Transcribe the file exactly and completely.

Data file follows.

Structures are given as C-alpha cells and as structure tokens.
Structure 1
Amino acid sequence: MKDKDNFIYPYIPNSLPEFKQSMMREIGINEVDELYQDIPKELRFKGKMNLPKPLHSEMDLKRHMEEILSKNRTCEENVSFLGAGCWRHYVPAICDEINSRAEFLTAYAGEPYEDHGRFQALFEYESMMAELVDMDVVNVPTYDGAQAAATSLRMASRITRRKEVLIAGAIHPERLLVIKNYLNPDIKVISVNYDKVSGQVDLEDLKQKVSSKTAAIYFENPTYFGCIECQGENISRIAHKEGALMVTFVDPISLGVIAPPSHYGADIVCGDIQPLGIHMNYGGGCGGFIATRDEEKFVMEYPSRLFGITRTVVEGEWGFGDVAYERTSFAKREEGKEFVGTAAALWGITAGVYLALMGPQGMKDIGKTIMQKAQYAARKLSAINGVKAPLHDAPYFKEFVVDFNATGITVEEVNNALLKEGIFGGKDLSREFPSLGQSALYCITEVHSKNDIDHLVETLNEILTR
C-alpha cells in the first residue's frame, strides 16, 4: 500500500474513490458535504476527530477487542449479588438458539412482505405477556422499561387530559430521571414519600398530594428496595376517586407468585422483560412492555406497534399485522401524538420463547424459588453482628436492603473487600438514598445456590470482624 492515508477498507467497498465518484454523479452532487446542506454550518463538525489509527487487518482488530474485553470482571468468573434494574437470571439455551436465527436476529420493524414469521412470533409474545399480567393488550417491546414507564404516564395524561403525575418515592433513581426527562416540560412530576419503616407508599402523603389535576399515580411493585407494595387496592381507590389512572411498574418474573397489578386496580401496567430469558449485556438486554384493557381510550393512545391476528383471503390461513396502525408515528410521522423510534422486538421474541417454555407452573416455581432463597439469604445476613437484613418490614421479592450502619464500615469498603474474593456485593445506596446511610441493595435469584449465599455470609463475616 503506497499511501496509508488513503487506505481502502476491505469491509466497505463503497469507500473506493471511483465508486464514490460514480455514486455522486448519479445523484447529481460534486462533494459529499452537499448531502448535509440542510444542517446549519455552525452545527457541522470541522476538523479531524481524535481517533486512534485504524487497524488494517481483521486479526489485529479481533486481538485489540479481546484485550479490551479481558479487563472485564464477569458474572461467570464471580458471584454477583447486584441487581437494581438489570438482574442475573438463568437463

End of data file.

Structures are given as C-alpha cells and as structure tokens.
Structure 1
Amino acid sequence: MKDKDNFIYPYIPNSLPEFKQSMMREIGINEVDELYQDIPKELRFKGKMNLPKPLHSEMDLKRHMEEILSKNRTCEENVSFLGAGCWRHYVPAICDEINSRAEFLTAYAGEPYEDHGRFQALFEYESMMAELVDMDVVNVPTYDGAQAAATSLRMASRITRRKEVLIAGAIHPERLLVIKNYLNPDIKVISVNYDKVSGQVDLEDLKQKVSSKTAAIYFENPTYFGCIECQGENISRIAHKEGALMVTFVDPISLGVIAPPSHYGADIVCGDIQPLGIHMNYGGGCGGFIATRDEEKFVMEYPSRLFGITRTVVEGEWGFGDVAYERTSFAKREEGKEFVGTAAALWGITAGVYLALMGPQGMKDIGKTIMQKAQYAARKLSAINGVKAPLHDAPYFKEFVVDFNATGITVEEVNNALLKEGIFGGKDLSREFPSLGQSALYCITEVHSKNDIDHLVETLNEILTR
C-alpha cells in the first residue's frame, strides 16, 4: 500500500474513490458535504476527530477487542449479588438458539412482505405477556422499561387530559430521571414519600398530594428496595376517586407468585422483560412492555406497534399485522401524538420463547424459588453482628436492603473487600438514598445456590470482624 492515508477498507467497498465518484454523479452532487446542506454550518463538525489509527487487518482488530474485553470482571468468573434494574437470571439455551436465527436476529420493524414469521412470533409474545399480567393488550417491546414507564404516564395524561403525575418515592433513581426527562416540560412530576419503616407508599402523603389535576399515580411493585407494595387496592381507590389512572411498574418474573397489578386496580401496567430469558449485556438486554384493557381510550393512545391476528383471503390461513396502525408515528410521522423510534422486538421474541417454555407452573416455581432463597439469604445476613437484613418490614421479592450502619464500615469498603474474593456485593445506596446511610441493595435469584449465599455470609463475616 503506497499511501496509508488513503487506505481502502476491505469491509466497505463503497469507500473506493471511483465508486464514490460514480455514486455522486448519479445523484447529481460534486462533494459529499452537499448531502448535509440542510444542517446549519455552525452545527457541522470541522476538523479531524481524535481517533486512534485504524487497524488494517481483521486479526489485529479481533486481538485489540479481546484485550479490551479481558479487563472485564464477569458474572461467570464471580458471584454477583447486584441487581437494581438489570438482574442475573438463568437463